How did the idea for your blog come about?

In the wake of the 2014 war in Gaza, we were concerned by the disturbing rhetoric of our two communities and the lack of any alternative voices, including a lack of female voices. We saw the need for a place where women could come together and write about our lives and our opinions in a constructive and new way.

Why do you choose to write anonymously?

While we all may differ slightly on the reasons or even the level of anonymity desired, most of us have chosen to remain anonymous as a result of community and family pressures. The sad reality is that we face a great deal of resistance to working together for change and being an alternative voice to the often hateful rhetoric existing in both our faith communities and in the broader societies that we live in. We have created this blog to be a safe outlet for us to openly express our views, even when they are unpopular or contrary to those held by the majority of our communities, without worrying about the negative impact on ourselves or our families.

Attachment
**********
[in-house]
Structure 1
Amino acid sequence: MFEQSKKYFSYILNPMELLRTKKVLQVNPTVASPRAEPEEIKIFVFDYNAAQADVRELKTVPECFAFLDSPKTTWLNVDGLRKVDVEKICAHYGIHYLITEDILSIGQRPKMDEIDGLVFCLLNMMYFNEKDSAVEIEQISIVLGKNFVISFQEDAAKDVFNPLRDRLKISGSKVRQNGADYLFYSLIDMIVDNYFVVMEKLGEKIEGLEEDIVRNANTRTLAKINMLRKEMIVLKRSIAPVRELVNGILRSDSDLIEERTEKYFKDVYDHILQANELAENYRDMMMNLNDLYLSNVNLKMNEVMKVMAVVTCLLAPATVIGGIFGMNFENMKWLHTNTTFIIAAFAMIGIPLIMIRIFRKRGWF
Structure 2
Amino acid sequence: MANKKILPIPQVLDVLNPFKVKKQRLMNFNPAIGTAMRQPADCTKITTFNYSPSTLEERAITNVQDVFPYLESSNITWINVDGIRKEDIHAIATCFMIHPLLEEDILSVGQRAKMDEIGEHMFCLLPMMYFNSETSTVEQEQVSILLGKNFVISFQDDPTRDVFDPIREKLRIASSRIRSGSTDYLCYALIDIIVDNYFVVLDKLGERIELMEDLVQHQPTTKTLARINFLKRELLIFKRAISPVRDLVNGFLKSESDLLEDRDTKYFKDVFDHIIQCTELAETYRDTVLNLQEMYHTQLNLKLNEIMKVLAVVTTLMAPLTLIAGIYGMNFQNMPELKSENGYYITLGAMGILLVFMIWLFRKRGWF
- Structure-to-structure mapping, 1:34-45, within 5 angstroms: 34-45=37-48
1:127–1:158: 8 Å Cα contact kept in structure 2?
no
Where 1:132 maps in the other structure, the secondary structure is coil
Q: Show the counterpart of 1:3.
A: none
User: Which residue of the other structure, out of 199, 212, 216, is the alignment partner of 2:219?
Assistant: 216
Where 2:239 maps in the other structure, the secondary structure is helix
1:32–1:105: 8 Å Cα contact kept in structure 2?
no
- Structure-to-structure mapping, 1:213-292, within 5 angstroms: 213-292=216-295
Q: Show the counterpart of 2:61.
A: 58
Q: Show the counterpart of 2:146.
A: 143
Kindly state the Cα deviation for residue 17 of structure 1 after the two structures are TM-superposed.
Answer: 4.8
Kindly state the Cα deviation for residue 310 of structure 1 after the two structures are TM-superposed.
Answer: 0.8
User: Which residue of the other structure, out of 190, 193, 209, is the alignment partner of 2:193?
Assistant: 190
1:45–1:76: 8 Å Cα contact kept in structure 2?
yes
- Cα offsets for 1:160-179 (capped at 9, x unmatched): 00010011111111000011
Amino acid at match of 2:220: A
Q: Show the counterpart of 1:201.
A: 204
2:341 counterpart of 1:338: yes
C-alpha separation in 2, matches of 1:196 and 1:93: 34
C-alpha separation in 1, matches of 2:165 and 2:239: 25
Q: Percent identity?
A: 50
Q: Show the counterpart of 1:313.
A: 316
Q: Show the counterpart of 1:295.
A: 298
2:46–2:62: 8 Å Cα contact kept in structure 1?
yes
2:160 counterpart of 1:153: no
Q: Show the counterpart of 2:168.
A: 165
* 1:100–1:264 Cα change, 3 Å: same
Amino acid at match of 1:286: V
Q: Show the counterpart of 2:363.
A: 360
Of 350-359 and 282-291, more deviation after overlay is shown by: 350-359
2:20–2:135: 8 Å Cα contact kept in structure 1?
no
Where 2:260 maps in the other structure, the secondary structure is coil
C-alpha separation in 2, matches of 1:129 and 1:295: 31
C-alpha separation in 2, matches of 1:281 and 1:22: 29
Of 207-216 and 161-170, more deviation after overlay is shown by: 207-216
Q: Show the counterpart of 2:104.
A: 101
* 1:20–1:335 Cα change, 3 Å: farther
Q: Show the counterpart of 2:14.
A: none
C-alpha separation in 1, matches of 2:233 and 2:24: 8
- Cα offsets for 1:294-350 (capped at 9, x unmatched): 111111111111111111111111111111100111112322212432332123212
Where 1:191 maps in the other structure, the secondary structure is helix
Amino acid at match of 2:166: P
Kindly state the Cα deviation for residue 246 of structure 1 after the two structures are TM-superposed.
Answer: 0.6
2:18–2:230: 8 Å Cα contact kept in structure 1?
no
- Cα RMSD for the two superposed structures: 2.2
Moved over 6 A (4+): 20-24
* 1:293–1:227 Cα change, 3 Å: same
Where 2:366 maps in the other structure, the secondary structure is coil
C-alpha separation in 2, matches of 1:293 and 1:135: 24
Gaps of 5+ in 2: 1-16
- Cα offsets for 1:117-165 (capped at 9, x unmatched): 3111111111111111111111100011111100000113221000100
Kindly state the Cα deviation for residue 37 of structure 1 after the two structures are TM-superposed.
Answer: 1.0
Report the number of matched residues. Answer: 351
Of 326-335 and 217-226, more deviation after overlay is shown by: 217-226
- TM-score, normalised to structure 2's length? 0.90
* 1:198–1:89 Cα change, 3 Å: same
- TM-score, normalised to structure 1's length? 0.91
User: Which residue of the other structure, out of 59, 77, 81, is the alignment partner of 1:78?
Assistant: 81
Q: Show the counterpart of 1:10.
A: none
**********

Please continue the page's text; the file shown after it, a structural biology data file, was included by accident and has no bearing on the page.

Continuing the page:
Why should we read your blog? What is unique about you?

  • We are women living in conflict, and we are a minority voice.

  • Some of us are single, newlywed, young mothers, experienced mothers, and grandmothers.

  • We are followers of Jesus and we believe he offered an alternative to accepting occupation and an alternative to violence.

  • We are living our lives seeking peace in conflict, maneuvering the complexities of this experience in our individual contexts.

What are your biggest challenges as bloggers?

It is challenging creating and maintaining a blog together, as 8 women from very different backgrounds with various opinions, ideologies, strengths and weaknesses. We have all learned a lot from the process.

Anonymity adds another unique dimension, one which we have attempted to respect for each writer, depending on the level they desire.

Additionally, we have had to learn how to cope with critique or disapproval from our communities, as well as negative online feedback.

Lastly, we are still working out the balance between mustering the courage to sometimes voice unpopular opinions, while also maintaining a position of love and goodwill towards those who may not accept our ideas.